- Development & Aid
- Economy & Trade
- Human Rights
- Global Governance
- Civil Society
Monday, September 22, 2014
- Official recognition as a member of the intelligentsia in present-day Tajikistan means lots of perks, including apartments and access to state-funded vacation resorts. In exchange, members – described as the “conscience of the nation” – are expected to support incumbent authorities.
But one journalist is kicking up a storm by shining light on intellectual corrosion in the existing system.
The official “intelligentsia” in Tajikistan harkens back to Soviet days, when an artist or writer whose work buttressed state policies would gain membership in one of several state-supported “creative unions”, such as the Writers’ Union. It was a quid pro quo in which the artists enjoyed a relatively cushy life, and the state enhanced its legitimacy via arts and culture.
Important elements of the old Soviet system remain in place in Tajikistan. Loyalty still matters, and members of the existing, officially recognised intelligentsia are expected to embrace President Imomali Rahmon’s policies, providing the administration with intellectual cover.
The current controversy in Dushanbe began when Bozor Sobir, a poet who had long lived in the United States, returned to Tajikistan in late May. Sobir established his reputation during the Soviet era, and supported the United Tajik Opposition during the country’s 1992-97 Civil War.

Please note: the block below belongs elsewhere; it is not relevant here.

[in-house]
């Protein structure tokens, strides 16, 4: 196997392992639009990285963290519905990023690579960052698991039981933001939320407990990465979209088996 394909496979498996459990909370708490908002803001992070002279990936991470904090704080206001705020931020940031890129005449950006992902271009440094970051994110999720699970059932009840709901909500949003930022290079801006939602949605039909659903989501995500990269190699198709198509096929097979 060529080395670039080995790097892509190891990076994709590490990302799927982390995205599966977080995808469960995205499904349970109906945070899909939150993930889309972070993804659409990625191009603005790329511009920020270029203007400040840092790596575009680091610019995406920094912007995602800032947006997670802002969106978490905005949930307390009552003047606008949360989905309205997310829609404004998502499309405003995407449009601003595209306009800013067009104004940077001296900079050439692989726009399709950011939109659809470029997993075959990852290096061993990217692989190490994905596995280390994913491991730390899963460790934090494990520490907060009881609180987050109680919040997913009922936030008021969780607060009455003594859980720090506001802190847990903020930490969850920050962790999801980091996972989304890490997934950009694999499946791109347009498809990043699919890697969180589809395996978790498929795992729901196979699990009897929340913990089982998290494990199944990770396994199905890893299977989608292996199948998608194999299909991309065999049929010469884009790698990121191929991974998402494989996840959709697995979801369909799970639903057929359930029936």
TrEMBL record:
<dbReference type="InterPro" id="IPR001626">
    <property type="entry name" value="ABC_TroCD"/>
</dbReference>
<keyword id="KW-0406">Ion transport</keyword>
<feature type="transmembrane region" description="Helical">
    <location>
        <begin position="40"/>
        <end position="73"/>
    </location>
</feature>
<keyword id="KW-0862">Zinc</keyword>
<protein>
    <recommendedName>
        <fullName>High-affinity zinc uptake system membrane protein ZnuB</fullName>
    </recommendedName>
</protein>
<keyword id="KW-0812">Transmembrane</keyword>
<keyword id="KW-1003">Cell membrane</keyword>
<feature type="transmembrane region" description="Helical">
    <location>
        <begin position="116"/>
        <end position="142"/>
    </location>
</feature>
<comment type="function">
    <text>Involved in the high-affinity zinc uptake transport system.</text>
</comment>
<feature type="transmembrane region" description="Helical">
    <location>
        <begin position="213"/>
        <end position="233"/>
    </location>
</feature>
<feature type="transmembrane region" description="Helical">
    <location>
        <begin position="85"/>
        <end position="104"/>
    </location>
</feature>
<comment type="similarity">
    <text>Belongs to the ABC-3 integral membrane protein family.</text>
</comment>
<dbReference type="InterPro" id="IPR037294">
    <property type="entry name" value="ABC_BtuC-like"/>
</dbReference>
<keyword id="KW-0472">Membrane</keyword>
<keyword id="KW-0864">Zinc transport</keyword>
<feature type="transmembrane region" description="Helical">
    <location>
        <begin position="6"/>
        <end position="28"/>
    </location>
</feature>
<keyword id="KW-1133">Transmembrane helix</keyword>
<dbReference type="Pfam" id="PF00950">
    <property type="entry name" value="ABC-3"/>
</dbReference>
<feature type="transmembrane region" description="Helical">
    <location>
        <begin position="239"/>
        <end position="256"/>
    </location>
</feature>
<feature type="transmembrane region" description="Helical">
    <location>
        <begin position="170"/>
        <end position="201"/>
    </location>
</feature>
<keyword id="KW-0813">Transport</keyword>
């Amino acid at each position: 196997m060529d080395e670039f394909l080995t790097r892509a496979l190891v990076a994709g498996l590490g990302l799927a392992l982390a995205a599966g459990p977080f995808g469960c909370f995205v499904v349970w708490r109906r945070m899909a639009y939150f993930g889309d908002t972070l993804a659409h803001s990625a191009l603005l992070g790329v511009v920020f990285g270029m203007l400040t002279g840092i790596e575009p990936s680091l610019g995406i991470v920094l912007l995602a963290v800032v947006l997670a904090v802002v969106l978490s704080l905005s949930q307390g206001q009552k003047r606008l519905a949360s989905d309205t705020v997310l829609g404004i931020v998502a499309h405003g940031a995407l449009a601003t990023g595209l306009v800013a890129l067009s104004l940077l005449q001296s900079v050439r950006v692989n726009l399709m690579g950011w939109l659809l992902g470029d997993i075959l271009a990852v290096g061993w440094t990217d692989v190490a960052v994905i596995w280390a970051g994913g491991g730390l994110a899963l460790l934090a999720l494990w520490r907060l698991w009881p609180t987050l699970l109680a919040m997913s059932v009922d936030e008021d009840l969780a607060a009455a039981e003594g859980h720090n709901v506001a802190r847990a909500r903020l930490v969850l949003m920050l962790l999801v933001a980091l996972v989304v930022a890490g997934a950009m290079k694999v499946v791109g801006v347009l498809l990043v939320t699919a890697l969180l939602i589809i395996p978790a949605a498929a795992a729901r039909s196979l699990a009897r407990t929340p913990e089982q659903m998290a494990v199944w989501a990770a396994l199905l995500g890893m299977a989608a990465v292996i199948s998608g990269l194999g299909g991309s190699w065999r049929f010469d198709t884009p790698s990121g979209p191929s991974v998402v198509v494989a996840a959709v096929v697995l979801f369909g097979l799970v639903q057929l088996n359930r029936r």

The victory of forces loyal to Rahmon in that conflict prompted Sobir to leave the country, and he resided in the United States for 19 years before Tajik authorities coaxed him into returning. Upon landing in Dushanbe on May 27, he dutifully praised Rahmon, who will run for another term this fall. Sobir called on Tajiks to unite around the president, and questioned the need for Tajikistan to have multiple political parties.
Those comments prompted Olga Tutubalina, the editor of the Asia-Plus weekly newspaper, to write a scathing commentary on May 30 that condemned Sobir by name and castigated the cozy relationships that many writers and artists maintain with the state. In asserting that many in Tajikistan’s intellectual class are frauds and sell-outs, she quoted a letter that Bolshevik leader Vladimir Lenin supposedly penned to pro-Soviet poet Maxim Gorky: “In fact, they are not [the nation’s] brains but its [waste].”
“Now, the former democrat and revolutionary [Sobir] has transformed himself into a high priest of authorities’ will,” Tutubalina added, reminding her readers of the poet’s role in the civil war.
Tutubalina’s blast did not go unanswered. A few days later, Writers’ Union Chairman Mekhmon Bakhti reportedly told a meeting of union members that Tutubalina had insulted not only all Tajik intellectuals, but also the whole nation, and that she should be sued.
“The journalist misinterpreted Lenin’s words, and it is obvious that she dislikes Tajiks,” he told the Ozodagon news agency on Jun. 17. Tutubalina is an ethnic Russian born and raised in Tajikistan.